The hypothesis for this research is that such an approach requires a standardization of the proportions of type, not only in horizontal direction for the characters and their widths, but also in vertical direction for x-height, ascenders and descenders, and capital height. The horizontal and vertical dimensions in type are inextricably related. Basically this could imply that Renaissance type was made on predeﬁned proportional system, which not only made the design part, i.e., the cutting of punches, easier, but also the justiﬁcation of the matrices, the casting of type, and the justiﬁcation of text.
If the existence of systematizations can be proven, this would also help to explain the transition of a profession practiced initially by only one person, i.e., the punchcutter, who manufactured the punches, matrices, and cast the type, into basically three parts: punch cutting, matrix manufacturer/justiﬁer, and caster. The distribution of type all over Europe must have been easier in case spacing-intelligence (an extrapolation of the standardization of character-proportions) was included in the matrices.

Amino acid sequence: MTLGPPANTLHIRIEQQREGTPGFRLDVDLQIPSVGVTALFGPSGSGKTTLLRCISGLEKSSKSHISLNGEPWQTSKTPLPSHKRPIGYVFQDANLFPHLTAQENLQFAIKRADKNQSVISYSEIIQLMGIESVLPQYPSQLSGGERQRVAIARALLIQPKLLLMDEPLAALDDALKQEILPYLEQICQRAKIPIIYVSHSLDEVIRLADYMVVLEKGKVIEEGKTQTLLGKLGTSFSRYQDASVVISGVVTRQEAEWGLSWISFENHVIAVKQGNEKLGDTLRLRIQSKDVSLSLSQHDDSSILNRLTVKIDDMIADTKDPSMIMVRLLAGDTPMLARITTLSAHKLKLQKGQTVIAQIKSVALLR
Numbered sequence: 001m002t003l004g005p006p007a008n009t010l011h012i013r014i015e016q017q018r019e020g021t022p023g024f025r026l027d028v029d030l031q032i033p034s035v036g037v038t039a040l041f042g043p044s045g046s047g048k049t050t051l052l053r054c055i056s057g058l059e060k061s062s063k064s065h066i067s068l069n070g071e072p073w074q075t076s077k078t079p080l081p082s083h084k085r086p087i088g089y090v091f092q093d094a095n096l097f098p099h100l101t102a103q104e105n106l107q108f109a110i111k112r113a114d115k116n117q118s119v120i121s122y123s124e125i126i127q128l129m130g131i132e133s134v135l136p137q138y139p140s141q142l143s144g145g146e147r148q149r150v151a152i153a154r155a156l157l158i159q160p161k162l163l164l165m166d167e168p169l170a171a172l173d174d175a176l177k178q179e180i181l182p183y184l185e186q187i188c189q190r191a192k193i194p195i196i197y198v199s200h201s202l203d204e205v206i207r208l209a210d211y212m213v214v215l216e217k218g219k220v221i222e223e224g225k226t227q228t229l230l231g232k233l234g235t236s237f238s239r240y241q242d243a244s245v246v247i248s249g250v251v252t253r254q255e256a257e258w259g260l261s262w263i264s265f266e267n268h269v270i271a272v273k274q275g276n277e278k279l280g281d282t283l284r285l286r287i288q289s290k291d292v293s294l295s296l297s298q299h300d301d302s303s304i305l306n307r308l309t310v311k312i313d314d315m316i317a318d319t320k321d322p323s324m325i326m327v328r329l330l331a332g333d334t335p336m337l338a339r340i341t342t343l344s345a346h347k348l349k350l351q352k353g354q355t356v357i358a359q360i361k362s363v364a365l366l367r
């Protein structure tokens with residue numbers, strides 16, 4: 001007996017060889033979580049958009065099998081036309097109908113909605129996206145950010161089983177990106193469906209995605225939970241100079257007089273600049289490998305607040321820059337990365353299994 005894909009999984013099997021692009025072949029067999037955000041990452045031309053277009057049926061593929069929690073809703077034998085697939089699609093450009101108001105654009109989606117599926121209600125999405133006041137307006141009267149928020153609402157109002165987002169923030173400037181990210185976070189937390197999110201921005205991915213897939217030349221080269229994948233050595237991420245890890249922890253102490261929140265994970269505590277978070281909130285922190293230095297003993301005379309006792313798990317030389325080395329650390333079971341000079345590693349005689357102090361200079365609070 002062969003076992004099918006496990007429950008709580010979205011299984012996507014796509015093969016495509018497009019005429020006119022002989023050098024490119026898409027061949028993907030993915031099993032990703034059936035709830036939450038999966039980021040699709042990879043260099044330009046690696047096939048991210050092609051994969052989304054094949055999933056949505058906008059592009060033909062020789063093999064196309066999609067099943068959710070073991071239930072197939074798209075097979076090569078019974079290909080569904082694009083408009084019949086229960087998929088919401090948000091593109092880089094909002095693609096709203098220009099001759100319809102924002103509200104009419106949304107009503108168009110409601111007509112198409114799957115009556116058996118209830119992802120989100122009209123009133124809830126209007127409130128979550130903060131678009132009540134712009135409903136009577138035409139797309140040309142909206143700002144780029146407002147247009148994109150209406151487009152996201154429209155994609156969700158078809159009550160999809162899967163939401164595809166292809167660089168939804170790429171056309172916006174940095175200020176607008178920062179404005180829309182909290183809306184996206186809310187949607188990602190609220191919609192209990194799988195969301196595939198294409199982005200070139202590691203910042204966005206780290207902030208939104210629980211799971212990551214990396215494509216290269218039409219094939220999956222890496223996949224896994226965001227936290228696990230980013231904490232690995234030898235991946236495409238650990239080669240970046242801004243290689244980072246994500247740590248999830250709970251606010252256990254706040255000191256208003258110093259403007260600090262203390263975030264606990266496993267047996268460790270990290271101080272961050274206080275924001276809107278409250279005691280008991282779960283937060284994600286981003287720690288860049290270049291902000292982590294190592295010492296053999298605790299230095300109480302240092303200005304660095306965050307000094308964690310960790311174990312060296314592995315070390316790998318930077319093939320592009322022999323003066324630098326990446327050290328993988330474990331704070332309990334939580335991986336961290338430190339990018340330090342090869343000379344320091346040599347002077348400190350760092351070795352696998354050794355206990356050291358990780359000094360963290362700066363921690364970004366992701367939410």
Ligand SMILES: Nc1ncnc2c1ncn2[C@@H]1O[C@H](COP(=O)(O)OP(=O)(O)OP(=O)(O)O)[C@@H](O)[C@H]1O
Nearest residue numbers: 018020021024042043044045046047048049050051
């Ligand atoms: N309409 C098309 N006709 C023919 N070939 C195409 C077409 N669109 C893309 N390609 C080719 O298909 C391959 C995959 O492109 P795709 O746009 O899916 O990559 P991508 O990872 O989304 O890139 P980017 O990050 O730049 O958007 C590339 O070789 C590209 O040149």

Considering the differences between the handwritten models predating the invention of movable type, ﬁrst textura and then roman type, is it possible that –at least to a certain extent– the proportions and details of roman type are the result of patterning? Later punchcutters could place a greater emphasis on the eye because for them, optical judgment took for granted the underlying patterns, almost without consciousness: it was simply the framework in which things were done. However, considering the fact that the Renaissance punchcutters were craftsmen who invented, organised, and executed a complex and sophisticated production process, how likely is it that this was possible without an extensive structuring of handwritten letterforms? The question is: were the Renaissance archetypal models by Jenson, Griffo, and Garamont made with the use of patterns? And if this is the case, are harmonics and æsthetics in type, which are embedded in typographic conventions, not only the result of optical preferences predating the invention of movable type, but also of standardisation in the Renaissance type production?